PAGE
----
DBH Policy Expectations for the Use of Medications for OUD “10 Do’s and Don’ts of Medical Treatment for OUD”
1. Do not initiate a taper or discontinuation of buprenorphine or methadone in response to any client “infraction” (e.g., missing therapy sessions).
2. (Other side of #1) Do not mandate participation in individual or group counseling as a requirement for continued medical treatment. See #10.
3. Do not set a “time limit” for maintenance medical treatment.
4. Do not encourage ‘rapid’ buprenorphine taper protocols with the goal of transitioning to antagonist medications or no medications at all.
5. Do not discharge a client based on positive drug test results for illicit substances.
6. Do not discharge a client from a residential setting without enough medication to supply them to their first outpatient physician visit.
7. Do not withhold medical treatment if the treatment provider does not have staffing capacity to provide psychosocial services at the time the client presents.
8. Do not switch a client from Vivitrol to oral naltrexone solely for cost saving purposes.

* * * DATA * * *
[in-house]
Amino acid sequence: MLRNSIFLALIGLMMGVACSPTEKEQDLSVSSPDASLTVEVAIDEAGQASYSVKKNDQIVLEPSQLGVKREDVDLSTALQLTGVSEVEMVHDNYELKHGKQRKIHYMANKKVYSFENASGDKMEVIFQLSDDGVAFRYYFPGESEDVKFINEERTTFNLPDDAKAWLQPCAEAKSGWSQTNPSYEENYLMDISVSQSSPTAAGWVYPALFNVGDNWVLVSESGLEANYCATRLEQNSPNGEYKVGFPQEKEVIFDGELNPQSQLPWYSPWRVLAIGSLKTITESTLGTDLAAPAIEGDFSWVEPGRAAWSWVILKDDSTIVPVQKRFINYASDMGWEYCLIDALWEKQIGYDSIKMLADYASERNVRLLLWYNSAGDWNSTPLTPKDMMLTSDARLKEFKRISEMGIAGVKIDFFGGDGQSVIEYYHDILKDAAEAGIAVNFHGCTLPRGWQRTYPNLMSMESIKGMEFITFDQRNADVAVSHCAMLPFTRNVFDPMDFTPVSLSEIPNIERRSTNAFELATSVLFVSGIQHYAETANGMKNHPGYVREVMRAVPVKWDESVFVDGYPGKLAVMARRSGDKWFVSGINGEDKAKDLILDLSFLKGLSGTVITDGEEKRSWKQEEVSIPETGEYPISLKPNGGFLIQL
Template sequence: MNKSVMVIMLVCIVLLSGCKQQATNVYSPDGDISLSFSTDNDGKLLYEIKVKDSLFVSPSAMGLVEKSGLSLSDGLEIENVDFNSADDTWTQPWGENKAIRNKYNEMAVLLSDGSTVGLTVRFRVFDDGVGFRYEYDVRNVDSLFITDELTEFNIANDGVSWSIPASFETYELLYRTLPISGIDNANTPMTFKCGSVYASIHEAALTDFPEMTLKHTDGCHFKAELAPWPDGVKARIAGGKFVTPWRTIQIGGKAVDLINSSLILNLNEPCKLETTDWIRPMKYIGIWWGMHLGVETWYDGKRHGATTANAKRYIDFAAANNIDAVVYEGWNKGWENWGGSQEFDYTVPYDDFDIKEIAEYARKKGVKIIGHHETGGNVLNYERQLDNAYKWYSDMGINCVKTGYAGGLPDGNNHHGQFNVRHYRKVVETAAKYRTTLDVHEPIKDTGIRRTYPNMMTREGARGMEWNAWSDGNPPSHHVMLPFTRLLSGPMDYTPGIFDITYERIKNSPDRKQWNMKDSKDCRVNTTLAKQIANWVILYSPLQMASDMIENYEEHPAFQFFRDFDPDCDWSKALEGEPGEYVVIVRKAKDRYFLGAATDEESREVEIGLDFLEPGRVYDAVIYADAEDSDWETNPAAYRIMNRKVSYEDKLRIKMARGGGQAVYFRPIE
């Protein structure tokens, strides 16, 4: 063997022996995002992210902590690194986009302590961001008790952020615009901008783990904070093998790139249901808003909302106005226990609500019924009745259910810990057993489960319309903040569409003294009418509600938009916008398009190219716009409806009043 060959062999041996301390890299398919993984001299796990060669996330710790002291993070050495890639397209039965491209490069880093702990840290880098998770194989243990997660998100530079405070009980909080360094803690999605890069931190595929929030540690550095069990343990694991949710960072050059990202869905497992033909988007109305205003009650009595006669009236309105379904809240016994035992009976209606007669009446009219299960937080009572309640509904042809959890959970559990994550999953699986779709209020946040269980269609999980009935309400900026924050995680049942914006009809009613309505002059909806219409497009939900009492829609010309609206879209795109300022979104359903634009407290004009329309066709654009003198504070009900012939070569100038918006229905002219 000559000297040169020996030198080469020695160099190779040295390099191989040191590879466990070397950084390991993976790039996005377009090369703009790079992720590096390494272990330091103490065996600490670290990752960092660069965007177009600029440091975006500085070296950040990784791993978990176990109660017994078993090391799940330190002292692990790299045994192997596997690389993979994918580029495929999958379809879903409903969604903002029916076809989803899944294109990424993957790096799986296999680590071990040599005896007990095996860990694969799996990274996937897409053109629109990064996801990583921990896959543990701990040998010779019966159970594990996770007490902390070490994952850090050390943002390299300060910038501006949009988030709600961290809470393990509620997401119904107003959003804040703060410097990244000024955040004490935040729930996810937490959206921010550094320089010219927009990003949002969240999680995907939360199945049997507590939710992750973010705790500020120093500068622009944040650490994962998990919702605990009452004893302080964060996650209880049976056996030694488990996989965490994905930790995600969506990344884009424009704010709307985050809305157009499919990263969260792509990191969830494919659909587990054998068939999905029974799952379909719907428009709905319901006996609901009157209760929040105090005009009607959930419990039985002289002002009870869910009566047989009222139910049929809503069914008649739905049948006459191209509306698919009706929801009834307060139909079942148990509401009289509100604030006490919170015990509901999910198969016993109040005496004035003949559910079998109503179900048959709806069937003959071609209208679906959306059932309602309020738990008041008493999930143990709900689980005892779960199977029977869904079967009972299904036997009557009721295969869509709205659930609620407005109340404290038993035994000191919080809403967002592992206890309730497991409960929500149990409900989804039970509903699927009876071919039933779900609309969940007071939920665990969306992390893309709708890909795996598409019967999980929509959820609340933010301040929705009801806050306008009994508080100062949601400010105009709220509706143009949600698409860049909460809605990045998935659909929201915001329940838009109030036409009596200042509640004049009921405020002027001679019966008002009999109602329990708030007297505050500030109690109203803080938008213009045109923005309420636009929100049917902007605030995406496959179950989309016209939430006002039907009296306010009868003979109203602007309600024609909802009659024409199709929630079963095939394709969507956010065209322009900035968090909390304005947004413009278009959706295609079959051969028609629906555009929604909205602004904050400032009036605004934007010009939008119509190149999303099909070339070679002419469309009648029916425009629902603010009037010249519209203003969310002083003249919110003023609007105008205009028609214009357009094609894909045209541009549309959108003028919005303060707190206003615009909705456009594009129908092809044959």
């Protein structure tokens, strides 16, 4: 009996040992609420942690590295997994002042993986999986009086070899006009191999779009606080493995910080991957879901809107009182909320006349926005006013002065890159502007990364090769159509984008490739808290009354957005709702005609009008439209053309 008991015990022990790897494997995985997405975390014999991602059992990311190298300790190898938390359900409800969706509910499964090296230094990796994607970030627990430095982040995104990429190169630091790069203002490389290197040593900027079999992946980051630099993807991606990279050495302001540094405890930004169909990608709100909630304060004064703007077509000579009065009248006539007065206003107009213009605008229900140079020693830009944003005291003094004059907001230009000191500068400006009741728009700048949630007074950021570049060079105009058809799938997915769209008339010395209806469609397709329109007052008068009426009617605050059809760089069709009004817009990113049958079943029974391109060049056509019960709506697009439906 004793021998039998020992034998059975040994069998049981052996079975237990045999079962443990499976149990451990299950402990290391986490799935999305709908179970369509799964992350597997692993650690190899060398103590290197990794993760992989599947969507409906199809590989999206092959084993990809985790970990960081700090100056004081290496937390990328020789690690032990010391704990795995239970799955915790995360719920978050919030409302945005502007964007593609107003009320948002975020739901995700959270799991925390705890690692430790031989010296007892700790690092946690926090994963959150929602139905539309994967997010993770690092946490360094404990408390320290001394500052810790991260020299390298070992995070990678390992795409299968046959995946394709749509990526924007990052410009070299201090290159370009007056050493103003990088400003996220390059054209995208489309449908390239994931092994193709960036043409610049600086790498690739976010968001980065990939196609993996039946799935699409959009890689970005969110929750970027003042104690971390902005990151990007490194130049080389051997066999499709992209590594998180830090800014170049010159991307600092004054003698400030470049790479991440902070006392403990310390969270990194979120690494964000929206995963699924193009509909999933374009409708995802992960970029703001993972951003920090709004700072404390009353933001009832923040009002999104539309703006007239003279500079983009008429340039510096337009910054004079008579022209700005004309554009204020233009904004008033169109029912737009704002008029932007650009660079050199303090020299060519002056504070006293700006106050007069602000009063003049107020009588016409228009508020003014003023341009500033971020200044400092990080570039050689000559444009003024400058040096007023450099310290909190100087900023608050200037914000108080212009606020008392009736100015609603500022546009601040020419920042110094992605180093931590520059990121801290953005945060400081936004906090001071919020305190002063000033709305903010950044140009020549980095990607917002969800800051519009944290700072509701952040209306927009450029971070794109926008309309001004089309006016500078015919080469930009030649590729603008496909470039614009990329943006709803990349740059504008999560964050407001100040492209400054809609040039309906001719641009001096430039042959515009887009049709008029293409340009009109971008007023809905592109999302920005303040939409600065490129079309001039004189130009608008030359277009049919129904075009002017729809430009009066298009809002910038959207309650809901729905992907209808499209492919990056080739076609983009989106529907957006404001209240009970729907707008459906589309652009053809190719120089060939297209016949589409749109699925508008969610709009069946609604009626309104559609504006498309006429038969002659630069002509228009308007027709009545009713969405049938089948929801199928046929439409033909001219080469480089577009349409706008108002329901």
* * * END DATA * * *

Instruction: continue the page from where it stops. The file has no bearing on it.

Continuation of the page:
9. Do individualize dose decisions based on individual client factors, particularly craving intensity and environmental support (i.e., be wary of underdosing – most 7 clients do best when stabilized between 16mg-24mg of buprenorphine per day).
10. Do increase client accountability measures (e.g., drug testing, frequency of medication/dosing visits) -- if and when adherence to treatment protocols becomes disrupted by client behaviors described above -- without discontinuing the needed medications. Use motivational interviewing and make clear the rationale for the recommendation of individualized psychosocial supports. Peer support services can also be effective in helping a consumer engage in needed services.
Compiled from guidelines within the following sources: American Society of Addiction Medicine (ASAM) National Practice Guidelines (2015); SAMHSA’s Clinical Guidance for Buprenorphine Treatment TIPS 63 (2018); The World Health Organization’s (WHO) Guidelines for the Psychosocially Assisted Pharmacological Treatment of Opioid Dependence (2009); The FDA Drug Safety Communication (2017)